Glaukos (NYSE:GKOS) today released 3-year results from a study of its iStent trabecular micro-bypass stents, touting a 43% reduction in mean intraocular pressure in glaucoma patients treated with the device.
Results were published in the journal Ophthalmology and Therapy this month, the Laguna Hills, Calif.-based company said.
Glaukos’ iStent micro-bypass stents are made from non-ferromagnetic titanium and coated in heparin, is designed to be implanted into multiple trabecular meshwork through a single corneal entry point to reduce IOP, the company said.
Data in the prospective study came from 101 patients with primary open-angle glaucoma at a single investigational site, who received either 2 iStents or topical travoprost. Results indicated a mean IOP reduction of 43% for patients treated with the iStent, reduced from 25.5 mm Hg to 14.6 mm Hg. Data from the travoprost arm indicated a 39% reduction in IOP, moving from 25.1 mm Hg to 15.3 mm Hg.
A total 23% of the patients treated with travoprost required additional topical medication therapy, compared with 11% of patients treated with iStent, according to the study. Mean intraocular pressure was reported at 18 mm Hg or below for 91% of the patients in the stent group without the need for additional topical meds, and 79% for patients in the travoprost group.
“We embarked on this study to assess the potential utility of iStent as an initial treatment in naïve open-angle glaucoma patients versus topical travoprost, which is a commonly prescribed first-line medication therapy. Three-year safety and efficacy data are promising and show that 2 iStents achieved sustained IOP reduction, with fewer subjects requiring additional topical medication therapy compared to topical travoprost. These results indicate that iStent implantation as initial therapy in newly diagnosed glaucoma patients may be a viable alternative to topical ocular hypotensive medications, which are often associated with high rates of non-compliance, side effects and/or ocular surface damage,” lead author Dr. Steven Vold said in prepared remarks.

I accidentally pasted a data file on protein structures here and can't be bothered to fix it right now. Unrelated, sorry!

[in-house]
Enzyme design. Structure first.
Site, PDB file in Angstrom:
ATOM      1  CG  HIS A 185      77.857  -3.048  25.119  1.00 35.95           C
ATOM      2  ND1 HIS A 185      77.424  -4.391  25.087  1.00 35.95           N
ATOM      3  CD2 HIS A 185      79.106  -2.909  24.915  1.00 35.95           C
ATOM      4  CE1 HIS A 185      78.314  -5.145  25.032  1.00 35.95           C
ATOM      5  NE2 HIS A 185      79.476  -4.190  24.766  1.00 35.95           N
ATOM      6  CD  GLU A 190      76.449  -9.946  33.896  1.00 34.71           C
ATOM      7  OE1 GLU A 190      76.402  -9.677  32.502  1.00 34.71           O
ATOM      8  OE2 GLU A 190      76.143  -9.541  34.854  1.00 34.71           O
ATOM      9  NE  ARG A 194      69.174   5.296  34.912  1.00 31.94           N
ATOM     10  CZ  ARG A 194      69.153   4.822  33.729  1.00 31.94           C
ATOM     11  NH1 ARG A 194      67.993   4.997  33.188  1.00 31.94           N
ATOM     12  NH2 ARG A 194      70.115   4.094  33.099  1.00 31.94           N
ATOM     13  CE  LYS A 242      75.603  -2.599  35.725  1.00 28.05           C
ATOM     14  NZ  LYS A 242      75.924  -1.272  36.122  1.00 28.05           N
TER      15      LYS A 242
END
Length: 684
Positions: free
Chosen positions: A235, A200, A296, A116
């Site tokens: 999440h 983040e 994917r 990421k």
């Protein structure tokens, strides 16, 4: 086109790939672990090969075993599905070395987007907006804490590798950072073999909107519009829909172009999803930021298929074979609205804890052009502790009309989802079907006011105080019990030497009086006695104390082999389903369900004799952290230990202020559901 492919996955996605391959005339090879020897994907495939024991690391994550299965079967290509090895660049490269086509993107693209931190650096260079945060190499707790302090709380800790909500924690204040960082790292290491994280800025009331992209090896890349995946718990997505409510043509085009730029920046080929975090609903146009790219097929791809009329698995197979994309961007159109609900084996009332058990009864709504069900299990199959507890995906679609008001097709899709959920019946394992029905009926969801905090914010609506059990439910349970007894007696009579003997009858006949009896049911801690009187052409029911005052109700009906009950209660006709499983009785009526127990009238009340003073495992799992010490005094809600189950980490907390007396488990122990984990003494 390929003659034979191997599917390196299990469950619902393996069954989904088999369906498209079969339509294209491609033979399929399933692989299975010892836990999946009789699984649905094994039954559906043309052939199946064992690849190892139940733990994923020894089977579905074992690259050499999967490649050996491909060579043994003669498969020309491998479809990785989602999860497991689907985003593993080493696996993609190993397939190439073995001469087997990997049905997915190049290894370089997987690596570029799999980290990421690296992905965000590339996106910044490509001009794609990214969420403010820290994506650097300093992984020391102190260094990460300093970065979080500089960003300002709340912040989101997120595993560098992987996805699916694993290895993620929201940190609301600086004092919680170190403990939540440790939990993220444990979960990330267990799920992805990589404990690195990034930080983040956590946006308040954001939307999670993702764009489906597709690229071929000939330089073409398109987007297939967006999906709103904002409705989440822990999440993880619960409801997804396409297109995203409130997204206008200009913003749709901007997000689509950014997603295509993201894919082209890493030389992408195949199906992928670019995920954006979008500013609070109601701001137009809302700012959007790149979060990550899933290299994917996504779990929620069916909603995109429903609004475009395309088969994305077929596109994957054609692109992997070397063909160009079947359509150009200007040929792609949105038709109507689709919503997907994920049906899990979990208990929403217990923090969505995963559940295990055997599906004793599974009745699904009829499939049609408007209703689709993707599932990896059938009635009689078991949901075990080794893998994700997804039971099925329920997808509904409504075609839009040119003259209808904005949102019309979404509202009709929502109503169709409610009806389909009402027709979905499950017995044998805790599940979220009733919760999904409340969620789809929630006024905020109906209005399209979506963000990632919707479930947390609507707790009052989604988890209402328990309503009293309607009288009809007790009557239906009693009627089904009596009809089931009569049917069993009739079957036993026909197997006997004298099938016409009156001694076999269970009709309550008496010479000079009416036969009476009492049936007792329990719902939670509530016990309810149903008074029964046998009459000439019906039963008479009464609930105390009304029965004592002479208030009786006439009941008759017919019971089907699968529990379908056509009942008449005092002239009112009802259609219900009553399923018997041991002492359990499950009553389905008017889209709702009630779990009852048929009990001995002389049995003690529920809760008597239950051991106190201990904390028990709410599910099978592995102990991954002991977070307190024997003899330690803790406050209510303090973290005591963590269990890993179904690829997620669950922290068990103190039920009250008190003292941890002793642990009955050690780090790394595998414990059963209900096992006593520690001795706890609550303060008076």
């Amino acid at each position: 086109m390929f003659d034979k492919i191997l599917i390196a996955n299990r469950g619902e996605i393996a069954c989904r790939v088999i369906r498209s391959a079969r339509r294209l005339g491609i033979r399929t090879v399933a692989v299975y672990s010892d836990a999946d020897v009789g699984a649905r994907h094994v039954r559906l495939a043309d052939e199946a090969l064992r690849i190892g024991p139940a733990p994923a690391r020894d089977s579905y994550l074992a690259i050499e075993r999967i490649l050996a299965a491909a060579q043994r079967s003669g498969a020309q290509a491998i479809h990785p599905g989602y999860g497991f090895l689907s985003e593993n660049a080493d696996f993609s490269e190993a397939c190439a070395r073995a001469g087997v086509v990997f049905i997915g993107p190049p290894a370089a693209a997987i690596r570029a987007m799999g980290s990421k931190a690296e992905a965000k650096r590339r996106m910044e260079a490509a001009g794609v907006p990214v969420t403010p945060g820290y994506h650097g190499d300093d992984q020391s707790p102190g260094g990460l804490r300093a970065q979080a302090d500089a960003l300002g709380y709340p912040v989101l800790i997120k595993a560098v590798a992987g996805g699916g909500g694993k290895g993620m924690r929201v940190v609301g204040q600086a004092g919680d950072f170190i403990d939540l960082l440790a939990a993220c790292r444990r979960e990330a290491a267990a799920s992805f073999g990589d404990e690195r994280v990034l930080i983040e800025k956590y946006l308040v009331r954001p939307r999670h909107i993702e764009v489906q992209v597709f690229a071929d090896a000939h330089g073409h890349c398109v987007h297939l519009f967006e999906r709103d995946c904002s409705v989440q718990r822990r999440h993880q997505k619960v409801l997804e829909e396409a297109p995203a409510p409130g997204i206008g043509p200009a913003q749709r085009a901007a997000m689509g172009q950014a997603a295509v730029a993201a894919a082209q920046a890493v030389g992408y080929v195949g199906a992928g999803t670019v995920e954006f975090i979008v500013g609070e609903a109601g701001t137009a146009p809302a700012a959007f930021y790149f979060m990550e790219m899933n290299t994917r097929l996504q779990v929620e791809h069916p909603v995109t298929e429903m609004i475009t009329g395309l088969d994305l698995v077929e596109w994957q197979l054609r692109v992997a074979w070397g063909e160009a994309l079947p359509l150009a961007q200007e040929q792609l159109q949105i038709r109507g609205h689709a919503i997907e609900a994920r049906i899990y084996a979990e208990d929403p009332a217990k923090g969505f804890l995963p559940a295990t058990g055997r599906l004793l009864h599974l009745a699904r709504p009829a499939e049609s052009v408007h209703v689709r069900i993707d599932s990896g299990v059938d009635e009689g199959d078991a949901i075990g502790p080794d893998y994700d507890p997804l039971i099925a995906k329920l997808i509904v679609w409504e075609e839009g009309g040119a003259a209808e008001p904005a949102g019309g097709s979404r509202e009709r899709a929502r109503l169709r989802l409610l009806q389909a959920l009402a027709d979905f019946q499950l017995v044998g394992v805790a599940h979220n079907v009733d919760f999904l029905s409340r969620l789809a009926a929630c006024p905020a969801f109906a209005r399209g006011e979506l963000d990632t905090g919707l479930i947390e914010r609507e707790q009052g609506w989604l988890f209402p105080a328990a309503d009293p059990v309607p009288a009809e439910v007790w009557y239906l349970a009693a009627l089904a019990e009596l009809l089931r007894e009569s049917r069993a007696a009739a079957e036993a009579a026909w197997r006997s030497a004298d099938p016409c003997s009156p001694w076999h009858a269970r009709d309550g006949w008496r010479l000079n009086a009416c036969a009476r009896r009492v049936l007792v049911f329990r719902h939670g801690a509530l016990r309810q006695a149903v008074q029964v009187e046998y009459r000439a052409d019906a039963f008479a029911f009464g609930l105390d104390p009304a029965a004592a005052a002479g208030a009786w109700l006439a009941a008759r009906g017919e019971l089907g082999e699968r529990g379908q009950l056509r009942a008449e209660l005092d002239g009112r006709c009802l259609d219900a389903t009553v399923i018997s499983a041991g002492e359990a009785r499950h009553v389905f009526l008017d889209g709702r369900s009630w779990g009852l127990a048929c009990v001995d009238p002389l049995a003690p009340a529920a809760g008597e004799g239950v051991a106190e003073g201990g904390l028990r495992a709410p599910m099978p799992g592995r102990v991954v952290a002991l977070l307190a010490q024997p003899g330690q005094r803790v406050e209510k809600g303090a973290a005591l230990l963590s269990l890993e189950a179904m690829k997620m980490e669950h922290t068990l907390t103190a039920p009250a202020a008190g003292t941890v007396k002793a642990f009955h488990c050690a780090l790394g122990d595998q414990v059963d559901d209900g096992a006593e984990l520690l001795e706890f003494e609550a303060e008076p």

In March, Glaukos said that the Japanese Ministry of Health, Labor & Welfare approved its iStent device for treating glaucoma.
The company said the approval covers use of the iStent in conjunction with cataract surgery, making it the 1st within-the-eye micro-invasive glaucoma surgery device to hit the market in Japan.
The device is designed to be inserted via a small corneal incision into the Schlemm’s canal to restore the eye’s ability to drain aqueous fluid and relieve intraocular pressure. Glaukos won pre-market approval from the FDA for the iStent in 2012.